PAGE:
Shortly after the turn of this century, I was working as a reporter in the Sunday Nation and often contributed to the political news. At that time President Uhuru Kenyatta was the leader of the opposition.
Never quite comfortable with dealing with journalists directly, Uhuru had certain people from his so-called “kitchen cabinet” or inner circle that we journalists turned to when we wanted to know what the leader of the opposition really thought about an issue.
One of them was David Murathe. Many of us journalists had Murathe’s mobile number and would occasionally meet up for a drink to chat about affairs of the day, while getting a good idea of what Uhuru was really thinking or, more precisely, what he wanted the press to know.
Politicians need a David Murathe or two around them. They can be used, for instance, to put out test balloon statements to help judge which way the political wind is blowing, or to help the principal to maintain plausible deniability.
Intelligent journalists should be aware of this role and I must say that in our dealings, I often got the sense that Murathe was exaggerating just how close he was to his leader, hoping this would impress reporters.
Late last year, I confirmed to myself what I had always suspected. I was in Nairobi to attend a funeral where the President and his family, as well as leading political figures, were also in attendance.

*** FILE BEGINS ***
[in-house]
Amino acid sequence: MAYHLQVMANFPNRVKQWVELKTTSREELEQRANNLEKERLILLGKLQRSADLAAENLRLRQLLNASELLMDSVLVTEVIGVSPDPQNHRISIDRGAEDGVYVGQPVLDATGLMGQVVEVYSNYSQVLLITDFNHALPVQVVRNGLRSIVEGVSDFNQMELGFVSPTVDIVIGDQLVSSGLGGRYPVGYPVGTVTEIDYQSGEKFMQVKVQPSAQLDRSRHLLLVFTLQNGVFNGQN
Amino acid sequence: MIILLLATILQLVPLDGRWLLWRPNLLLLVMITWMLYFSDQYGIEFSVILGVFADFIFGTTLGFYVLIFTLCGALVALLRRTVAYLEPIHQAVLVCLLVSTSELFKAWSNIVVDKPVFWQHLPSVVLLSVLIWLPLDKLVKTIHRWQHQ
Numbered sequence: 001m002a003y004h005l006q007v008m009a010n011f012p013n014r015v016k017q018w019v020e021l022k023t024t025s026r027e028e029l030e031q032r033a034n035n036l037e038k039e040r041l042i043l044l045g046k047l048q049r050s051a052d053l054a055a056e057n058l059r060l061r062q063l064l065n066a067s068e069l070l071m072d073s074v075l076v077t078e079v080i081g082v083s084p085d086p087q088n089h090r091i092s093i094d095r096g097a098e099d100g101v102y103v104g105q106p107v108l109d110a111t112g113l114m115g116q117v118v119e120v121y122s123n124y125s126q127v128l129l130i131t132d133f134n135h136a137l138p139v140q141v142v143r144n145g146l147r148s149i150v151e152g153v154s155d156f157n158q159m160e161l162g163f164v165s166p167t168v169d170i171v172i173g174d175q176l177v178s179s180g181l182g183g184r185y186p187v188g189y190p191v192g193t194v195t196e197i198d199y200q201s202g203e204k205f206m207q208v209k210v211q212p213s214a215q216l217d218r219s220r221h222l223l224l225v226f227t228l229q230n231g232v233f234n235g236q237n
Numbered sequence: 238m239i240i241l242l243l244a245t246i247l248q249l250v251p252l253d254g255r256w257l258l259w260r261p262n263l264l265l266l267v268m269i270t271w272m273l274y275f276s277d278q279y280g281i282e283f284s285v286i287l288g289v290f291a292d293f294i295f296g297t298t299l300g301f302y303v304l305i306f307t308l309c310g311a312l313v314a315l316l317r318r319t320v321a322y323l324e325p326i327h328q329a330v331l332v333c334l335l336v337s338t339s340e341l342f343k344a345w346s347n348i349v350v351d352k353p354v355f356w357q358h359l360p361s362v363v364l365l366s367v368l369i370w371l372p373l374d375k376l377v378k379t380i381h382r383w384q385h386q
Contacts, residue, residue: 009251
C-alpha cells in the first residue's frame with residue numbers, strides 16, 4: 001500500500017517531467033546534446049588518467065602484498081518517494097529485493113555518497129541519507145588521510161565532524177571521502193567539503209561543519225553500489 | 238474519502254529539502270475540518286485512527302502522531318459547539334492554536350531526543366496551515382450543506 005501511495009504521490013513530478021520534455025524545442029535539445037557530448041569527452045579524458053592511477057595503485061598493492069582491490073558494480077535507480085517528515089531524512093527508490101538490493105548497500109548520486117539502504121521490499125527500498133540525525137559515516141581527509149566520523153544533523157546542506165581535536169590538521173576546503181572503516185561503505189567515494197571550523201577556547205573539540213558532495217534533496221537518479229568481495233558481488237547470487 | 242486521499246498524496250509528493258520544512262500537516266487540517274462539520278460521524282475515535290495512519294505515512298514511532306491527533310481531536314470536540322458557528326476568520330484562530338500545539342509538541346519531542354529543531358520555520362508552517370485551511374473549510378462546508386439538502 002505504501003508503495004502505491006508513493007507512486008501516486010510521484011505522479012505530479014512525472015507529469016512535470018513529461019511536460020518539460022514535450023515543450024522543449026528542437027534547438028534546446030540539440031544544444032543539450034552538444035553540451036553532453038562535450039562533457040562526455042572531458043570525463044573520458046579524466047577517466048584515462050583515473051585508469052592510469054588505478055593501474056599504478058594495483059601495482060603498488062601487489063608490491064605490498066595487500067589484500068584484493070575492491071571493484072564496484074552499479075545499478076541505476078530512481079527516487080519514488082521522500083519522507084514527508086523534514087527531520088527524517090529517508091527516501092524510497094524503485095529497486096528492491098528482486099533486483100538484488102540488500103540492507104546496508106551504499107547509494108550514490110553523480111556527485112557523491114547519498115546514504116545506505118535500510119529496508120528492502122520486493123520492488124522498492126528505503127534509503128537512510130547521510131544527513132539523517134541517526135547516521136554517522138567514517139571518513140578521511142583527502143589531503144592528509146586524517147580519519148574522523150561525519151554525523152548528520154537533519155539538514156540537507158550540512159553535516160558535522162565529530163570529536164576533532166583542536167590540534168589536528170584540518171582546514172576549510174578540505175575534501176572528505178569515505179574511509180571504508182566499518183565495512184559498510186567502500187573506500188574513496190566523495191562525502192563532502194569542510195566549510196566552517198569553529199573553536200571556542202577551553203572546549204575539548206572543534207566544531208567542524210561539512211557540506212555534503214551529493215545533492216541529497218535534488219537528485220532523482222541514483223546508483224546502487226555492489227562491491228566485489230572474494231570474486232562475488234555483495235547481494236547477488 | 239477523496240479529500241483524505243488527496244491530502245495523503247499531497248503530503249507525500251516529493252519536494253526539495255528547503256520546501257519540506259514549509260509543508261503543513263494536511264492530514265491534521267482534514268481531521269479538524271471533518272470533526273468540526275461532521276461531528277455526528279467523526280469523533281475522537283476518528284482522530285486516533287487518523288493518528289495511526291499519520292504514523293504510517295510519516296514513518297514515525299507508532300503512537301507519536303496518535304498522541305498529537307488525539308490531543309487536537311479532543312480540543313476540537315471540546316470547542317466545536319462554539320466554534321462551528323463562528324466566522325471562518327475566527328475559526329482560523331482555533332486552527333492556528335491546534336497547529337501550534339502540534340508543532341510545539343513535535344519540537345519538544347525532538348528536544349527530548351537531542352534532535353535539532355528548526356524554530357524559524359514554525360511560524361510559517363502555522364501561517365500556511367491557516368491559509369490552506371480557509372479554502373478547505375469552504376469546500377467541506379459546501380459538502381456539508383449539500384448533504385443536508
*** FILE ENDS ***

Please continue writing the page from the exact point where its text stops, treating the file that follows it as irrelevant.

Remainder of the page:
For whatever reason, Murathe arrived at the church later than his principal, and his struggle to position himself as close to the President as possible was thwarted, somewhat comically, at every turn.
First he marched straight to the front pew on the left, where the President and other dignitaries were sat, listening to the service. His attempt to jovially greet the President was angrily rejected and he was shooed away.
When he then tried to squeeze himself into the pew across the aisle, he was coldly informed that it was reserved for the deceased’s family and that he should sit elsewhere.
Murathe tried his luck a couple of rows behind where the President’s mother Mama Ngina was sitting, but she gave him a withering look, and he was forced to seek accommodation elsewhere.
Watching this pantomime, I figured that as the President and his mother publically put him in his place, it was fair to conclude that the personal closeness he always touted to the media was indeed exaggerated.
I can’t say what is really going on with Murathe’s resignation from his post in the Jubilee Party, or whether this is effectively the end of his career as a political windsock.
However, I can suggest that Murathe ought to have read a great little book called The Kenyatta Succession, about the current President’s father and the intrigues surrounding his final exit.
In that book, he would have found advice reportedly given by the old man to a group who tried to block the then Vice President’s route to State House: “Mburi iguthinjwo ndionagio kahiu” (You do not show the knife to the goat you intend to slaughter).